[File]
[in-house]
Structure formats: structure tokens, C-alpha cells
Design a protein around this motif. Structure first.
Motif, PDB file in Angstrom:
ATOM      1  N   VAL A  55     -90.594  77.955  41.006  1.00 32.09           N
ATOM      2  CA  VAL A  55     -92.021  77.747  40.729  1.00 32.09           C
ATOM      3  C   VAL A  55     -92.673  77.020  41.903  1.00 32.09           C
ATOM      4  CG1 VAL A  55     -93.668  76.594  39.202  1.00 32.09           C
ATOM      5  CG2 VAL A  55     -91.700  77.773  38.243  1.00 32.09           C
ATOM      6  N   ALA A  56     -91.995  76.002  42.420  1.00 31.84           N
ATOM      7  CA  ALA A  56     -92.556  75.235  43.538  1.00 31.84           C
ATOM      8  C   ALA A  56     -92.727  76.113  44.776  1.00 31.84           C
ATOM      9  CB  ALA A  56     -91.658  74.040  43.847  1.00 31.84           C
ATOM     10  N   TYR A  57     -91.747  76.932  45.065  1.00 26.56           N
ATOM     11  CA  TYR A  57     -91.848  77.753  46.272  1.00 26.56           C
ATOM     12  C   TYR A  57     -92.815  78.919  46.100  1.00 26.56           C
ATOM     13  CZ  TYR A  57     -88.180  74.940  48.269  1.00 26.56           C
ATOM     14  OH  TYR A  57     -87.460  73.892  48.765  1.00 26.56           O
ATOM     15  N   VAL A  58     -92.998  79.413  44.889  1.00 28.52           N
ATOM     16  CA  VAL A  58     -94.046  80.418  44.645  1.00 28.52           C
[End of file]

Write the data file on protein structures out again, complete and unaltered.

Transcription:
[in-house]
Structure formats: structure tokens, C-alpha cells
Design a protein around this motif. Structure first.
Motif, PDB file in Angstrom:
ATOM      1  N   VAL A  55     -90.594  77.955  41.006  1.00 32.09           N
ATOM      2  CA  VAL A  55     -92.021  77.747  40.729  1.00 32.09           C
ATOM      3  C   VAL A  55     -92.673  77.020  41.903  1.00 32.09           C
ATOM      4  CG1 VAL A  55     -93.668  76.594  39.202  1.00 32.09           C
ATOM      5  CG2 VAL A  55     -91.700  77.773  38.243  1.00 32.09           C
ATOM      6  N   ALA A  56     -91.995  76.002  42.420  1.00 31.84           N
ATOM      7  CA  ALA A  56     -92.556  75.235  43.538  1.00 31.84           C
ATOM      8  C   ALA A  56     -92.727  76.113  44.776  1.00 31.84           C
ATOM      9  CB  ALA A  56     -91.658  74.040  43.847  1.00 31.84           C
ATOM     10  N   TYR A  57     -91.747  76.932  45.065  1.00 26.56           N
ATOM     11  CA  TYR A  57     -91.848  77.753  46.272  1.00 26.56           C
ATOM     12  C   TYR A  57     -92.815  78.919  46.100  1.00 26.56           C
ATOM     13  CZ  TYR A  57     -88.180  74.940  48.269  1.00 26.56           C
ATOM     14  OH  TYR A  57     -87.460  73.892  48.765  1.00 26.56           O
ATOM     15  N   VAL A  58     -92.998  79.413  44.889  1.00 28.52           N
ATOM     16  CA  VAL A  58     -94.046  80.418  44.645  1.00 28.52           C